Ad blocking is seemingly more prevalent in the consumer market than the professional sphere, as the general consumer marketplace is vulnerable due to the large saturation of ads and overall volume. Pagefair data indicates that over 230 million people use ad blockers on desktop and 380 million use ad blockers on mobile. The average consumer is reacting to online advertisements by proactively finding ways of blocking ads from appearing.

The impact of ad blocking

Once an ad blocker is installed as a response to one website with a poor user experience, it will affect all websites the user visits until they uninstall the ad blocker, or whitelist domains that they feel are “safe” and provide a premium site experience. While ad blocking studies surrounding the healthcare industry are limited, our partners indicate that preliminary data from their sites point toward a similar rate of ad blocking as the typical consumer space.

To add to the complexity of the dynamic world of digital advertising, publishers also expressed concerns over the recent push for better viewability, and how that push towards viewable impressions may have an adverse impact on the levels of ad blocking. Many publishers have made adjustments to their websites and inventories to ensure sufficient levels of viewability for brands, however some of these changes come at the sacrifice of categories outlined above in reasons users are choosing to block ads. While viewability is a big topic – enough for another whitepaper altogether – it’s relevant and important to note here that CMI/Compas has made a serious push toward high viewability standards and that in our view better viewability as an industry will eventually lead to a positive rather than negative user experience that would ultimately benefit many aspects of advertising for both clients and publishers. That said, we realize that is a long road ahead, and have built this whitepaper around what our clients can be doing now to address ad blocking challenges.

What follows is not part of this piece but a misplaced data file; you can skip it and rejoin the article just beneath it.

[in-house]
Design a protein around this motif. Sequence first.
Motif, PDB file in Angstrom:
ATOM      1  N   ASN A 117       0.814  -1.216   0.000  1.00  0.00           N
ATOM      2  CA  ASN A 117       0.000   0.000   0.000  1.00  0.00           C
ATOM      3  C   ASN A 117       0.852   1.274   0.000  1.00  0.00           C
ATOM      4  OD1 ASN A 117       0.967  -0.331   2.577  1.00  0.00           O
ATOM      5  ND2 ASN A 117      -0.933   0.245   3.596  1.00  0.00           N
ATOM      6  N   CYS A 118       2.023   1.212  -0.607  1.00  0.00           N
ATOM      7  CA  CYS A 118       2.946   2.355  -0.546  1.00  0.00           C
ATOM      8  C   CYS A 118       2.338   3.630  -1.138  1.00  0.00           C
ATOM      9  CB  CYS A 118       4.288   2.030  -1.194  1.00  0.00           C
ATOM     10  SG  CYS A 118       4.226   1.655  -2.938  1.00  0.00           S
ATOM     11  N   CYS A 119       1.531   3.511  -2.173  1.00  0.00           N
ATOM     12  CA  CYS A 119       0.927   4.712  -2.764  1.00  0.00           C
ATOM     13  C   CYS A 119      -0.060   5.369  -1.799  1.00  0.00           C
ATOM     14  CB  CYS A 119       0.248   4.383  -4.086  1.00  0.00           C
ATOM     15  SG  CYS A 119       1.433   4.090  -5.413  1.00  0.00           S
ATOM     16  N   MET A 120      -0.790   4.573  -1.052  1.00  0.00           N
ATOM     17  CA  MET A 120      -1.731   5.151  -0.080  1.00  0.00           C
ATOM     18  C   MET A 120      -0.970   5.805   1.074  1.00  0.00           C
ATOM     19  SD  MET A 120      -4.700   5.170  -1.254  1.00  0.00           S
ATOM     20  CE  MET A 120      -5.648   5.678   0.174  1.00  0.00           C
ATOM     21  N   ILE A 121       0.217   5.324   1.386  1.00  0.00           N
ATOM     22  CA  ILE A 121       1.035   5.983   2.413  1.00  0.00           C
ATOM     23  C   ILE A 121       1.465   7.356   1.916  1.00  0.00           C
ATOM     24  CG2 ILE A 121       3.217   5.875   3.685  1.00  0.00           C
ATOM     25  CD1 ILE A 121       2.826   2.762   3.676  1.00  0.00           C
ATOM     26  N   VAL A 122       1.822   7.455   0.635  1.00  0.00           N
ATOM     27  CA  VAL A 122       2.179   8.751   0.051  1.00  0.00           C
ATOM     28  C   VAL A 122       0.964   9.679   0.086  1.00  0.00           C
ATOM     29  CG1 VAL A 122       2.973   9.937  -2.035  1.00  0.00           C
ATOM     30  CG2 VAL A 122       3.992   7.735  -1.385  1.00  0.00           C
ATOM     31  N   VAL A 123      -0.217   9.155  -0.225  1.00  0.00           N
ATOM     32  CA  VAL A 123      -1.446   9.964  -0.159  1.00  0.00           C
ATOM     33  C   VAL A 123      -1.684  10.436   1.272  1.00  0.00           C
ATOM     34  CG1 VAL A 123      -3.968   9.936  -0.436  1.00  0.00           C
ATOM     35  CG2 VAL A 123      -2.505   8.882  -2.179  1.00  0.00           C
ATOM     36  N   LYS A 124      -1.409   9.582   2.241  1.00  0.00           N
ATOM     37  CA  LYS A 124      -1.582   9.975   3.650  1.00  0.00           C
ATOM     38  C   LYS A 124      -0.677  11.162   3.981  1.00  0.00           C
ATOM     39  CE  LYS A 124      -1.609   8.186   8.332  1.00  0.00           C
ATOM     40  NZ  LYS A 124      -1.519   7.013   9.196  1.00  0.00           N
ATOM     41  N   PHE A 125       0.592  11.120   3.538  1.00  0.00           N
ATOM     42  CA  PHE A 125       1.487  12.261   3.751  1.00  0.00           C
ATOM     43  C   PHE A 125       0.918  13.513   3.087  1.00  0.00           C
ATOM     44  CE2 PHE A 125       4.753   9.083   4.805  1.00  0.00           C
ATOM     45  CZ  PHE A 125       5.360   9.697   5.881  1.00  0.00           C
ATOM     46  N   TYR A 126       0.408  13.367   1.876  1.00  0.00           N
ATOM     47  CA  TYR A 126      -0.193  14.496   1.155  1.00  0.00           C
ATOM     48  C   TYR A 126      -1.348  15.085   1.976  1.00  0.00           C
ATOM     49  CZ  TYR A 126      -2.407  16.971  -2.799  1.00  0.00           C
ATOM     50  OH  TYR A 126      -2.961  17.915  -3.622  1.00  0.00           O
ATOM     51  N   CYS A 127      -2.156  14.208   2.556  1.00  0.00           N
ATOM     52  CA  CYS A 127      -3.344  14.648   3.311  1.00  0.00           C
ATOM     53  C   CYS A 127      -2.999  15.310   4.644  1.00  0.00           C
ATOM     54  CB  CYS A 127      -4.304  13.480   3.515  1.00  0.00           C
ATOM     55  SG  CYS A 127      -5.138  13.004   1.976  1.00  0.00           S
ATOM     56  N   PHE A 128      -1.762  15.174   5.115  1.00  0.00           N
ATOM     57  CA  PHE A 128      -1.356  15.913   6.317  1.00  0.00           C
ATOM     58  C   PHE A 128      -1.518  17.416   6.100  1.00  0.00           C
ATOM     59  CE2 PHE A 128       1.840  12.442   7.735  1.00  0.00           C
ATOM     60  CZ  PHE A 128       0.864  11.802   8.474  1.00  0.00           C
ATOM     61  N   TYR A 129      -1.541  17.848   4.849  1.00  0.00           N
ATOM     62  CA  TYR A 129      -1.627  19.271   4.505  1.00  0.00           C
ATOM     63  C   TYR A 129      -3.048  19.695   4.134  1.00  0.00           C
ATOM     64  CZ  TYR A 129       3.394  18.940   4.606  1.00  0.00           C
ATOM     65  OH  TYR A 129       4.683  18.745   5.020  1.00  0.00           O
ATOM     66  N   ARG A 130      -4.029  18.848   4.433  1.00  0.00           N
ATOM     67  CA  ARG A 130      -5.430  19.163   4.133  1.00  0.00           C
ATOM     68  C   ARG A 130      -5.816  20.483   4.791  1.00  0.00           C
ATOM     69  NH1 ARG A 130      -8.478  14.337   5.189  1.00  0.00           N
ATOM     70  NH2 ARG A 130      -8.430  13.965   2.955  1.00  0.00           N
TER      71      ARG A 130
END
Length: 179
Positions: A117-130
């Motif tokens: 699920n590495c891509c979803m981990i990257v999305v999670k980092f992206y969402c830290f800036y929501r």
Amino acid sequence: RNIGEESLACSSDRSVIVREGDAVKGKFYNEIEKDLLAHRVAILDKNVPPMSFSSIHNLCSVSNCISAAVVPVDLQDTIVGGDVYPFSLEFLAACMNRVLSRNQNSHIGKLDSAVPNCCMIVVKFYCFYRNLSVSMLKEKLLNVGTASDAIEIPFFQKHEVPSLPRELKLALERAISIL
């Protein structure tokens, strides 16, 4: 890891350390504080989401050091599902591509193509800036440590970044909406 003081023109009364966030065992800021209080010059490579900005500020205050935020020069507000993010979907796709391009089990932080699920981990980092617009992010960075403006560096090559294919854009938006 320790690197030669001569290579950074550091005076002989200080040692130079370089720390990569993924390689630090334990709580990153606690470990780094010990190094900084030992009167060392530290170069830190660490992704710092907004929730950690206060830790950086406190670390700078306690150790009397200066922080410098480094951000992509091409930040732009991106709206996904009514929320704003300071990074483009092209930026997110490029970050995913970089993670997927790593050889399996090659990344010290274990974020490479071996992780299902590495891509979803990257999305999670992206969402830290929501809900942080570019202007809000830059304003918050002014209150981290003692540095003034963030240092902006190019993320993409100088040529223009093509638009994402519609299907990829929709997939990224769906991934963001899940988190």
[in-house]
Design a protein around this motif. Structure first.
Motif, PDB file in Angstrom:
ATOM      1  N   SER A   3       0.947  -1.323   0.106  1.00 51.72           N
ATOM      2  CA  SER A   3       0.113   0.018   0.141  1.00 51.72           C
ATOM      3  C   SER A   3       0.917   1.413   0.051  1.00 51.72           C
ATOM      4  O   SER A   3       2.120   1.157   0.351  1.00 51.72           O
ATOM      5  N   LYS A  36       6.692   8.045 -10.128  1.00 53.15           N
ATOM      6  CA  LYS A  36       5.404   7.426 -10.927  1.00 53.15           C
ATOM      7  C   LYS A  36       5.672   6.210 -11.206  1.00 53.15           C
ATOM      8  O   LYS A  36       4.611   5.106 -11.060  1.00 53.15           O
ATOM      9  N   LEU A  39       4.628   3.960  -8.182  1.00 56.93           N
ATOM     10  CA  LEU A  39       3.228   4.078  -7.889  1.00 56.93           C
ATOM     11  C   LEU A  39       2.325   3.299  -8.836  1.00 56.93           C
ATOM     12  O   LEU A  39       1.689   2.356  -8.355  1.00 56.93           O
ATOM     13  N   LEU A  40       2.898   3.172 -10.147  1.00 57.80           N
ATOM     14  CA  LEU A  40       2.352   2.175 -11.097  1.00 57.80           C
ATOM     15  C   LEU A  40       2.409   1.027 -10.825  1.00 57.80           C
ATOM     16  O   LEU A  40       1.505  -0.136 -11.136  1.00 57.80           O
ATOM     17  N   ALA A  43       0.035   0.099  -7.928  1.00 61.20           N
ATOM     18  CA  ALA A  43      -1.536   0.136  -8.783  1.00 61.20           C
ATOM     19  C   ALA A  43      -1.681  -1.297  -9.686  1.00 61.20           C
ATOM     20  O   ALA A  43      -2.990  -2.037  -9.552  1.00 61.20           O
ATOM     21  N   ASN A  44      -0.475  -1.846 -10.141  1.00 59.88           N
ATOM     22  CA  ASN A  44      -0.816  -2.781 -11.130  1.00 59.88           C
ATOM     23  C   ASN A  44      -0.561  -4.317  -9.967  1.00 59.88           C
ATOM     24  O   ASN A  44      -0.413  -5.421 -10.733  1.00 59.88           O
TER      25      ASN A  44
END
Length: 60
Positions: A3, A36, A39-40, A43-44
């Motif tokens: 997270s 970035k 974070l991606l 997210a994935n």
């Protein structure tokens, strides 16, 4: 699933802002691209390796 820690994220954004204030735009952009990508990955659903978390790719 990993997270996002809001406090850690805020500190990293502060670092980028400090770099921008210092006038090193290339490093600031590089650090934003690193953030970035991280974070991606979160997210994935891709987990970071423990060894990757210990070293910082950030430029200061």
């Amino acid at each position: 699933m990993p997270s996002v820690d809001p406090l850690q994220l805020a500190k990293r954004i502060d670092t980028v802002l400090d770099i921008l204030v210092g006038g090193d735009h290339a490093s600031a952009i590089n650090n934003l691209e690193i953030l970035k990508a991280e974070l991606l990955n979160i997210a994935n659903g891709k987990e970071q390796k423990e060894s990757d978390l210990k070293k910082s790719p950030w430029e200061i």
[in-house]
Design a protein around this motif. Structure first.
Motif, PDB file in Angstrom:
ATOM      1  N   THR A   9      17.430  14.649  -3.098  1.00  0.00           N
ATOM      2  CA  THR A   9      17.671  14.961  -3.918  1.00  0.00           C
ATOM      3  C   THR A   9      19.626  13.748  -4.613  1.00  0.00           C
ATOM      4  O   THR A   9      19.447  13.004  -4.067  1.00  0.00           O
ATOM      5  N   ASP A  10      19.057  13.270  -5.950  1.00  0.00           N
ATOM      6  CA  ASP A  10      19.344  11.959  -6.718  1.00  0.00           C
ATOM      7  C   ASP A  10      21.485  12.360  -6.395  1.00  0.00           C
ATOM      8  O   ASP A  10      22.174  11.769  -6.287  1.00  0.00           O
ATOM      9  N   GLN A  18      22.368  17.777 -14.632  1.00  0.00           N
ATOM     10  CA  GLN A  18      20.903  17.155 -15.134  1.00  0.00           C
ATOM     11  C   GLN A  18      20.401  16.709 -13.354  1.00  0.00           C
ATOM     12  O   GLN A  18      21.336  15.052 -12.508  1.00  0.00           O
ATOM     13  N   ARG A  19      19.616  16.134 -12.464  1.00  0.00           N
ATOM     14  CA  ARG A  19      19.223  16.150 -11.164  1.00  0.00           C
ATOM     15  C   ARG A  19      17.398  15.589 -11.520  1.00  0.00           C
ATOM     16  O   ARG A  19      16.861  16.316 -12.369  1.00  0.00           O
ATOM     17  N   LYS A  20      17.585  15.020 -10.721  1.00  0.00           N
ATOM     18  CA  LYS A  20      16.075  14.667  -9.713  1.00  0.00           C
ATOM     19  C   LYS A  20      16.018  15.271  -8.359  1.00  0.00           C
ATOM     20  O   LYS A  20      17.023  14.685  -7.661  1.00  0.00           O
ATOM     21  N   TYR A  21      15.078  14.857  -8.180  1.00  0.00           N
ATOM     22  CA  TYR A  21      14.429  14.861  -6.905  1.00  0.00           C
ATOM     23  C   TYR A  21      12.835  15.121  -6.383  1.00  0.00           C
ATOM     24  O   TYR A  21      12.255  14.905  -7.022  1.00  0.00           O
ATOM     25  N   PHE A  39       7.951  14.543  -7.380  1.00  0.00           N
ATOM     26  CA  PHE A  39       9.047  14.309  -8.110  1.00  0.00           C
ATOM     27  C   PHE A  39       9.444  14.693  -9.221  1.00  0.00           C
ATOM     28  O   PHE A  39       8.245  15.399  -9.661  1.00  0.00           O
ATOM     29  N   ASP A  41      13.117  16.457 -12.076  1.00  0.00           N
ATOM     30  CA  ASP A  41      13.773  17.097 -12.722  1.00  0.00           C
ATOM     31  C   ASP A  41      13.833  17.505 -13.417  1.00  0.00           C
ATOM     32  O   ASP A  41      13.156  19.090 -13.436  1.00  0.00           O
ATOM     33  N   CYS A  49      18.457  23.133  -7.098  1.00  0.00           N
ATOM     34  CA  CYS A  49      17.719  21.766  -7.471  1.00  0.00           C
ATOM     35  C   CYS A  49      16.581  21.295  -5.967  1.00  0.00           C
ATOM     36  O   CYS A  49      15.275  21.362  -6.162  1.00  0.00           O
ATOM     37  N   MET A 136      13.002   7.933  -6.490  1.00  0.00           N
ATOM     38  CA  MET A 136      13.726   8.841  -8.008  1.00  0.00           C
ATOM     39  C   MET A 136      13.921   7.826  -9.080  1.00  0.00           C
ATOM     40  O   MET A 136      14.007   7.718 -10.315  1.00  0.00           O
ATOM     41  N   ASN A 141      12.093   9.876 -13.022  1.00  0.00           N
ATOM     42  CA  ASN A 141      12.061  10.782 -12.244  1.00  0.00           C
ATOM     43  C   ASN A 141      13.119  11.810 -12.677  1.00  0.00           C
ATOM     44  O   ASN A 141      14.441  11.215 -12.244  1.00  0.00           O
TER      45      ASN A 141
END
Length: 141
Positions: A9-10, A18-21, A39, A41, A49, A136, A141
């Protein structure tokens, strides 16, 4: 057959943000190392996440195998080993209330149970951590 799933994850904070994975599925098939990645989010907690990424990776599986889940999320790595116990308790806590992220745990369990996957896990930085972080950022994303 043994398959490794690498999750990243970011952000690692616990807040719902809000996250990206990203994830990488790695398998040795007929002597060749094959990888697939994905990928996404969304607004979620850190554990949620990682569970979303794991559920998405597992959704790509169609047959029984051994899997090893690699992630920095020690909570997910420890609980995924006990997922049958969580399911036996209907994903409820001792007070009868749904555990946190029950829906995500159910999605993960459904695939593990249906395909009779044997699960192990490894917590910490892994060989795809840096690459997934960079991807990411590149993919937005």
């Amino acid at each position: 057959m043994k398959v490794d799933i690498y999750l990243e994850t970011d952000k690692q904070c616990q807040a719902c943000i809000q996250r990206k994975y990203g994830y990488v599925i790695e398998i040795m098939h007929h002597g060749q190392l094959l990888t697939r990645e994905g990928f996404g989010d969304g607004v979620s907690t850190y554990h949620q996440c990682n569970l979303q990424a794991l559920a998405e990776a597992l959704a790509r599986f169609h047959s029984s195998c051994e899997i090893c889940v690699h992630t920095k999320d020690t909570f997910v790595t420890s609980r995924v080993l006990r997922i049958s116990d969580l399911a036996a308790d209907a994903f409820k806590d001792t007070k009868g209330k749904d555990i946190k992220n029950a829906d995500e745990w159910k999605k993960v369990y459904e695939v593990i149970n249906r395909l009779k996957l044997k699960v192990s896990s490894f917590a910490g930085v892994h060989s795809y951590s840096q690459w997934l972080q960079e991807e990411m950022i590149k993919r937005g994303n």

The effects of ad blocking on the planning process have been very gradual. There is still enough premium inventory to run digital banners, and supplier partners are not providing inventory on proposals that they cannot fulfill.

Lessening the impact: the steps pharma marketers should take

There will certainly be a larger push from CMI among our supplier partners to go beyond the banner and propose more inventive solutions to ad blocking, such as native ads. Native ads would allow our message to blend in to site content and not be affected by ad blocking. The trade-off is less flexibility for branded appearances, as native ads are more editorially driven.